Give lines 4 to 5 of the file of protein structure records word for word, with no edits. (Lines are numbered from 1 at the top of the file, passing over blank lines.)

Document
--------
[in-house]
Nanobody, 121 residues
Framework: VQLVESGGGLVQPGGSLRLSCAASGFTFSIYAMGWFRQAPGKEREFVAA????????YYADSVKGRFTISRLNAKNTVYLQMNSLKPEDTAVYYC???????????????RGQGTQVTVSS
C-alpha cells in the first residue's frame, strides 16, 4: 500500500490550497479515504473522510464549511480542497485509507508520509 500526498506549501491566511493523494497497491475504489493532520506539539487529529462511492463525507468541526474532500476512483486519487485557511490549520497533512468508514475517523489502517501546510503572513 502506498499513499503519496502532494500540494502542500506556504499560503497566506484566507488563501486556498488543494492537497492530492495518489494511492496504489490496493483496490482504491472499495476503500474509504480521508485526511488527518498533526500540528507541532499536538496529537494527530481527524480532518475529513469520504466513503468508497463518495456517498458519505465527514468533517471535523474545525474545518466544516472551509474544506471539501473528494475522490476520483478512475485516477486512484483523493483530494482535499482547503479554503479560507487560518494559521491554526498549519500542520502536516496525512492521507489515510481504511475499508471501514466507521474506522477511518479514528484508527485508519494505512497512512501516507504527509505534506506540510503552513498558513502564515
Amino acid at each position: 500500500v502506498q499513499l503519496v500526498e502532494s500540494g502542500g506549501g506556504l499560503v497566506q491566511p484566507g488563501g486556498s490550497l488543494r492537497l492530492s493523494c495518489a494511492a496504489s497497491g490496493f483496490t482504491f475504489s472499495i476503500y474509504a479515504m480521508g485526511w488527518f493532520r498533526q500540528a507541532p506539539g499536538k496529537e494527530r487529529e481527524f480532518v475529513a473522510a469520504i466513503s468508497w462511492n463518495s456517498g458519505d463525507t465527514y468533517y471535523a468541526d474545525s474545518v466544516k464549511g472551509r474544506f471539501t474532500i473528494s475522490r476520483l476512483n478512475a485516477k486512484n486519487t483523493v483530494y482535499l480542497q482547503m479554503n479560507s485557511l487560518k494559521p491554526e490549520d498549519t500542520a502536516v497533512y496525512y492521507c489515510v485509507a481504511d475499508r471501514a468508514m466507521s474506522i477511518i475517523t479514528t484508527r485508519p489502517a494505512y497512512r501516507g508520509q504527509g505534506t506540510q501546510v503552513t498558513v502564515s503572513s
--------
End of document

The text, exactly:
C-alpha cells in the first residue's frame, strides 16, 4: 500500500490550497479515504473522510464549511480542497485509507508520509 500526498506549501491566511493523494497497491475504489493532520506539539487529529462511492463525507468541526474532500476512483486519487485557511490549520497533512468508514475517523489502517501546510503572513 502506498499513499503519496502532494500540494502542500506556504499560503497566506484566507488563501486556498488543494492537497492530492495518489494511492496504489490496493483496490482504491472499495476503500474509504480521508485526511488527518498533526500540528507541532499536538496529537494527530481527524480532518475529513469520504466513503468508497463518495456517498458519505465527514468533517471535523474545525474545518466544516472551509474544506471539501473528494475522490476520483478512475485516477486512484483523493483530494482535499482547503479554503479560507487560518494559521491554526498549519500542520502536516496525512492521507489515510481504511475499508471501514466507521474506522477511518479514528484508527485508519494505512497512512501516507504527509505534506506540510503552513498558513502564515
Amino acid at each position: 500500500v502506498q499513499l503519496v500526498e502532494s500540494g502542500g506549501g506556504l499560503v497566506q491566511p484566507g488563501g486556498s490550497l488543494r492537497l492530492s493523494c495518489a494511492a496504489s497497491g490496493f483496490t482504491f475504489s472499495i476503500y474509504a479515504m480521508g485526511w488527518f493532520r498533526q500540528a507541532p506539539g499536538k496529537e494527530r487529529e481527524f480532518v475529513a473522510a469520504i466513503s468508497w462511492n463518495s456517498g458519505d463525507t465527514y468533517y471535523a468541526d474545525s474545518v466544516k464549511g472551509r474544506f471539501t474532500i473528494s475522490r476520483l476512483n478512475a485516477k486512484n486519487t483523493v483530494y482535499l480542497q482547503m479554503n479560507s485557511l487560518k494559521p491554526e490549520d498549519t500542520a502536516v497533512y496525512y492521507c489515510v485509507a481504511d475499508r471501514a468508514m466507521s474506522i477511518i475517523t479514528t484508527r485508519p489502517a494505512y497512512r501516507g508520509q504527509g505534506t506540510q501546510v503552513t498558513v502564515s503572513s